What Is An Orphan?

What is an orphan? 

In the United States, a common definition for orphan is "a minor bereft through death or disappearance of, abandonment or desertion by, or separation or loss from both parents." Most Americans probably think of the image of Orphan Annie, but when thinking internationally that may not be accurate. The United Nations Children's Fund (UNICEF) label any child that has lost one parent as an orphan. This idea was first adopted during the mid 1990's when the AIDS epidemic left millions of children without one or more parents. In many countries there are "single orphans" (have lost one parent) and "double orphans" (have lost both parents). It is estimated there are over 140 million orphans in the world today. 

Many consider children in the United States foster care system to be modern day orphans. Though most of those children have biological parents, they have been removed from their home and in many cases their parents have lost their legal rights. Children are trying to navigate life living in foster homes, group homes, or shelters without their biological parents. The definition of "orphan" is not as simple as we often make it out to be. 


Who will the Solace Family Home help? 

The simple answer is The Solace Family Home exists to provide a place of refuge for children in need. 

The complicated answer is the Solace Family Home will have children without any living biological parents, some with one living parent, and others with both parents still alive. Most will have some family (uncles, aunts, grandma, cousins, etc.) but some may have no one at all. The Solace Family Home will help orphaned as well as at-risk children, who may come from a home with unsafe living conditions. Often in developing countries there are family members that would like to help care for the children but they do not have the income or resources to do so.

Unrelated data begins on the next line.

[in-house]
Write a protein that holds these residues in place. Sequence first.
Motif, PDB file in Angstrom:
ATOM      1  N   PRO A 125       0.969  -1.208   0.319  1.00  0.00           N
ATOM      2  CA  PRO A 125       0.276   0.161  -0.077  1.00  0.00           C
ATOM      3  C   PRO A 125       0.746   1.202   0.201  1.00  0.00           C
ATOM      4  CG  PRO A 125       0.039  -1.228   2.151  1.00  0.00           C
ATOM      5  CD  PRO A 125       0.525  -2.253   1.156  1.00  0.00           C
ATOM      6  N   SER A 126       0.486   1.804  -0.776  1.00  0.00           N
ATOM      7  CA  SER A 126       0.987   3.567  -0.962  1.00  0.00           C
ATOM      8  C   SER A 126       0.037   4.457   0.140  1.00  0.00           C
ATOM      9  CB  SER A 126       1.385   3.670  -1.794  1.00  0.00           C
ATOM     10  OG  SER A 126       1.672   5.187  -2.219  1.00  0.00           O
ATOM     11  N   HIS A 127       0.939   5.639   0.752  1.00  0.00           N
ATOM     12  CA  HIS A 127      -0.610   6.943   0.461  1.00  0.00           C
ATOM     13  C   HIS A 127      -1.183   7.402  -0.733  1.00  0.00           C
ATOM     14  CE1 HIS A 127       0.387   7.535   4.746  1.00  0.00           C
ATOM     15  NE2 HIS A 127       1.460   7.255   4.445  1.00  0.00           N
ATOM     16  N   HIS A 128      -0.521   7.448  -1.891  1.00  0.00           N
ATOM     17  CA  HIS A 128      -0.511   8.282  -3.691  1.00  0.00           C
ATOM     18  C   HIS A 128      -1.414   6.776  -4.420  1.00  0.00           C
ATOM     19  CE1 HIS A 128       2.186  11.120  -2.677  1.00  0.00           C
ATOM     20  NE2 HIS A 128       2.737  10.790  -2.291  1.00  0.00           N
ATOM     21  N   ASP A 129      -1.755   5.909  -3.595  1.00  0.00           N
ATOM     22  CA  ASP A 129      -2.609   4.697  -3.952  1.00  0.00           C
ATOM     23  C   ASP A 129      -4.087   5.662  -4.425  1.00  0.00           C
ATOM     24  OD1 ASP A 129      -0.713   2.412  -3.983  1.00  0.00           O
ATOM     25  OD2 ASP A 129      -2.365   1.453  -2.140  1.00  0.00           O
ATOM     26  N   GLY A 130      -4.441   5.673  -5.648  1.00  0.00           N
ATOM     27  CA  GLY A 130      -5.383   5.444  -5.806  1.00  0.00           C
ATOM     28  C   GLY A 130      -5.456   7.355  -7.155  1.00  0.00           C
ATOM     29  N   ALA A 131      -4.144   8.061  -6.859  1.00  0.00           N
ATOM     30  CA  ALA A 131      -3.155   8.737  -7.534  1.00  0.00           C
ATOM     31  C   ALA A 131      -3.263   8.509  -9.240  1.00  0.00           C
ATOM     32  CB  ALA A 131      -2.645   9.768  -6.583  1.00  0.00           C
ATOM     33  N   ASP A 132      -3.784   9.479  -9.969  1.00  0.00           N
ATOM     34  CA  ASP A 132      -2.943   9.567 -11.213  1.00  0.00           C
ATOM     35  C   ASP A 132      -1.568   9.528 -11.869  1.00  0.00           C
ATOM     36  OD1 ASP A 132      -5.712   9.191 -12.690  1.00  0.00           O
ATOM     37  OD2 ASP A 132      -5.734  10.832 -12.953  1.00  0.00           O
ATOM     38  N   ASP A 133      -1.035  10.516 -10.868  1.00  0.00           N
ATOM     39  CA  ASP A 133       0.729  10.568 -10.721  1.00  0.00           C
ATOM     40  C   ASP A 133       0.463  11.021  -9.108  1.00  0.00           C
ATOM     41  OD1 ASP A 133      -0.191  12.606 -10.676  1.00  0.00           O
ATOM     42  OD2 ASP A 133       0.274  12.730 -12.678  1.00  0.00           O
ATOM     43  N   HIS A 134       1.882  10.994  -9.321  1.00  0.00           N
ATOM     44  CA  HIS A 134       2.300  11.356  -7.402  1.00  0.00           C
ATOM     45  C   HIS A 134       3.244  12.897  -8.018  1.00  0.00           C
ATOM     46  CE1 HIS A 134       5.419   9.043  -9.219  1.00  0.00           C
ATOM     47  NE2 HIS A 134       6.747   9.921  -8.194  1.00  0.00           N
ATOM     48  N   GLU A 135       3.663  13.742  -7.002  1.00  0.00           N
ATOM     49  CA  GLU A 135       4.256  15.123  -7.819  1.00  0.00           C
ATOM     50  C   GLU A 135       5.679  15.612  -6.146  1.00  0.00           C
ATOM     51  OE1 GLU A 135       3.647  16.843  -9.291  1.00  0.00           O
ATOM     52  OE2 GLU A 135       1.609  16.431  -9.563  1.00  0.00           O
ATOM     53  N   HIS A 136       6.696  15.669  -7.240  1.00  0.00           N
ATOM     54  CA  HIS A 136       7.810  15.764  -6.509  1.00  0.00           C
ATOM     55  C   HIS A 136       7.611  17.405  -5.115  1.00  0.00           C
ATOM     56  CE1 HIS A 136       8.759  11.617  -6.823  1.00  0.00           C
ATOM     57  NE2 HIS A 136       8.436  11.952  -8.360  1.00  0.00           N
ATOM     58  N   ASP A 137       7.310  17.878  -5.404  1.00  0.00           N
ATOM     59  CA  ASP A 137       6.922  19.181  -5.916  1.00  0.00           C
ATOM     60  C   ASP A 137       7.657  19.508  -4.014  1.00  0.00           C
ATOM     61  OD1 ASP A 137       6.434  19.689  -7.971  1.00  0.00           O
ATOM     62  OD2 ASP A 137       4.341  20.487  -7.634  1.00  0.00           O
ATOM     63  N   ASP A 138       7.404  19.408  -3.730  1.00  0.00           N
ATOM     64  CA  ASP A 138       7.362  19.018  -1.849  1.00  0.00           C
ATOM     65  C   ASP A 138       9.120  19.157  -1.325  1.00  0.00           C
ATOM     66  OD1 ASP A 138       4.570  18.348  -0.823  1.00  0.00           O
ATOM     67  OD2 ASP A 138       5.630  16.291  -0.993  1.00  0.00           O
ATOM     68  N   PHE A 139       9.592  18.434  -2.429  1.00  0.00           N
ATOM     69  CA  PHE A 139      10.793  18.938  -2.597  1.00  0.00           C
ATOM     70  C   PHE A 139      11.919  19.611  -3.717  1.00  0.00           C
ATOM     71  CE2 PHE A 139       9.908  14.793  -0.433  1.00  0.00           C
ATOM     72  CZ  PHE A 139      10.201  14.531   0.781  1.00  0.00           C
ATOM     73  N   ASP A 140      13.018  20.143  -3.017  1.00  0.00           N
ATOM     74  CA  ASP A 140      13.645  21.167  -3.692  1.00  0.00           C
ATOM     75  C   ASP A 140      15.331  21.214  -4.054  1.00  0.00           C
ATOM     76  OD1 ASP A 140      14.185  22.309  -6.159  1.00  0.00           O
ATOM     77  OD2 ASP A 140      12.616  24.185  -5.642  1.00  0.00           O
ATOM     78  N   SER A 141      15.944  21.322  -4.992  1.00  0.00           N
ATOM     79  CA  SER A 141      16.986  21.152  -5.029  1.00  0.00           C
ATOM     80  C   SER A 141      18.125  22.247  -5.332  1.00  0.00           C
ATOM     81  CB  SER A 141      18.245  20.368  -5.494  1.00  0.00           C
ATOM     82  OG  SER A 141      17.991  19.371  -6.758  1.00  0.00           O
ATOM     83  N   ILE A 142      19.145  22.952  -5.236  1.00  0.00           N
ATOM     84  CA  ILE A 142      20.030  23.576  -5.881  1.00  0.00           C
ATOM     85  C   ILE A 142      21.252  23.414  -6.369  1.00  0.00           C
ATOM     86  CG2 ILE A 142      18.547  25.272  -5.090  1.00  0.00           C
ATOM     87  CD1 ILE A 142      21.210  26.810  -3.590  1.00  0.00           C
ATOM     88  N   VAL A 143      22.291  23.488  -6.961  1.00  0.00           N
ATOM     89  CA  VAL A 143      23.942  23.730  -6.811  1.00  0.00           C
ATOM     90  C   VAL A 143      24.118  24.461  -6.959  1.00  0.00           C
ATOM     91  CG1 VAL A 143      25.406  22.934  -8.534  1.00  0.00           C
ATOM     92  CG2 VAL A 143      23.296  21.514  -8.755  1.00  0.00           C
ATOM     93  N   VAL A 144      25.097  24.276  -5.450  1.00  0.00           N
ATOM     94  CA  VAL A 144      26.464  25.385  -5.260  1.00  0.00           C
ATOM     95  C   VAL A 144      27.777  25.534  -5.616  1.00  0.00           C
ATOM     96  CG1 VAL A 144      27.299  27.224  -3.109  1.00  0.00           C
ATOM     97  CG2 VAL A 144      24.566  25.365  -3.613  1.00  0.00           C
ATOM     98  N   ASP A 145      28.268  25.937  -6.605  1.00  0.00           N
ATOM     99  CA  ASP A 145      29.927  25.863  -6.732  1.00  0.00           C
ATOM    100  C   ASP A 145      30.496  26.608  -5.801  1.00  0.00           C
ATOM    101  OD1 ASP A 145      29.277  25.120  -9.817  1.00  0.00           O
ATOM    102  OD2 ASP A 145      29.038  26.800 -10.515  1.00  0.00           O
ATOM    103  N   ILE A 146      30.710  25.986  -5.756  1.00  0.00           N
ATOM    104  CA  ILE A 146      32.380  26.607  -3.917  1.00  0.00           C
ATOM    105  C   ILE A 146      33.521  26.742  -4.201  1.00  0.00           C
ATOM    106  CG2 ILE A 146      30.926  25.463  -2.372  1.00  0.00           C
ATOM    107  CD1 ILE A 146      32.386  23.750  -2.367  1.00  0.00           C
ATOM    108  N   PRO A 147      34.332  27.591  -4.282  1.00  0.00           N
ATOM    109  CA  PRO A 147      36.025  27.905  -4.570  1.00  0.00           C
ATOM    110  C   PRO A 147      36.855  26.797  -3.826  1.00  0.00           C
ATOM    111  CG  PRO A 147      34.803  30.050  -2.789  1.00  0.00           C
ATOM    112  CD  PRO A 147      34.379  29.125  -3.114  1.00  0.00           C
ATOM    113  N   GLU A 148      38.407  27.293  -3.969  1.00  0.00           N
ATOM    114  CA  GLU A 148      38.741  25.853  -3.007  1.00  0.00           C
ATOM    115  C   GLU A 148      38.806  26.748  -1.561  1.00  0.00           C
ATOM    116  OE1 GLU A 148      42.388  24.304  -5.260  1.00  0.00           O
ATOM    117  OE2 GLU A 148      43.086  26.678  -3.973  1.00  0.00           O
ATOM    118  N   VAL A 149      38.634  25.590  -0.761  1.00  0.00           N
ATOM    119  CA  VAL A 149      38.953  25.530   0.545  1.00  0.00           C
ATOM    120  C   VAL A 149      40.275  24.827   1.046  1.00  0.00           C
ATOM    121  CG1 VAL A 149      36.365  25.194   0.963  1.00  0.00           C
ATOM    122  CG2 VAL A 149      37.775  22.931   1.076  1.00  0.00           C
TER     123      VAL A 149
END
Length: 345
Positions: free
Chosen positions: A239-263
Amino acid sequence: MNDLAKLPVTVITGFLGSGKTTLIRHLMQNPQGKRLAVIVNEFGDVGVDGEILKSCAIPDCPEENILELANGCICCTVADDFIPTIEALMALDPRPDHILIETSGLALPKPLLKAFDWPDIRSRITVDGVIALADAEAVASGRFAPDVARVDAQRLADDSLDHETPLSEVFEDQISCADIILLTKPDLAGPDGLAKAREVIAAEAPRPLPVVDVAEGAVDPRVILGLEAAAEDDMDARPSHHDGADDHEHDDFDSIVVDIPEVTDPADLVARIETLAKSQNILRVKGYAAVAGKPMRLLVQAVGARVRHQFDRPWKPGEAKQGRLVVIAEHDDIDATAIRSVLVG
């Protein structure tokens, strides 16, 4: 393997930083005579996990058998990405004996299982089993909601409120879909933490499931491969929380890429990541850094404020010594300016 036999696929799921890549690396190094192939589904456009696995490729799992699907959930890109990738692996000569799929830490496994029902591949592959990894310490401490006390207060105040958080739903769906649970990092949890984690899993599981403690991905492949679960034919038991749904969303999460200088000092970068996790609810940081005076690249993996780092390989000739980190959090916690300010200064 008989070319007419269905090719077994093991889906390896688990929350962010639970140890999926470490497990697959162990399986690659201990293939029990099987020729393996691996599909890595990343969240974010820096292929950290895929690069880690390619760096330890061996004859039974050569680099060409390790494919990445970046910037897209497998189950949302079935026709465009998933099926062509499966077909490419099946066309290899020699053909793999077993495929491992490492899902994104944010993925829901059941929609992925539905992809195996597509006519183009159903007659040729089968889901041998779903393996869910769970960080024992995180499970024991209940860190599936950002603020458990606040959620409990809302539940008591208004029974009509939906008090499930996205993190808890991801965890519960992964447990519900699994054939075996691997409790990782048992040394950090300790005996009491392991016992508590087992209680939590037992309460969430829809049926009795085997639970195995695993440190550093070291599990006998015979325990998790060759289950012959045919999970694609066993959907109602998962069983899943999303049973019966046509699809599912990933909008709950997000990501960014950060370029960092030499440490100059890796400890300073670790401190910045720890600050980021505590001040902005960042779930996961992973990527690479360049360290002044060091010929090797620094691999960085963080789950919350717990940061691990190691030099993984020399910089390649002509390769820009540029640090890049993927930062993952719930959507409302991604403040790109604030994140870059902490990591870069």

Will the children stay connected to their family? 

Yes. It is actually common for children to live in an orphanage but also go back to their village or community to stay with family while on extended break from school. Again, this may not fit the image we have of how an orphanage should run, but it is common in other cultures. Obviously, if a child comes from an abusive or dangerous home they will not return unsupervised.  

Our desire is not to remove children from their culture or their country. In fact, the opposite is true. We have dreams that children will grow up, receive an education, learn a trade, and go back and improve the village or community they are from. We believe that someday children from the Solace Family Home will be leaders and innovators in their country. 




Ryne Isaac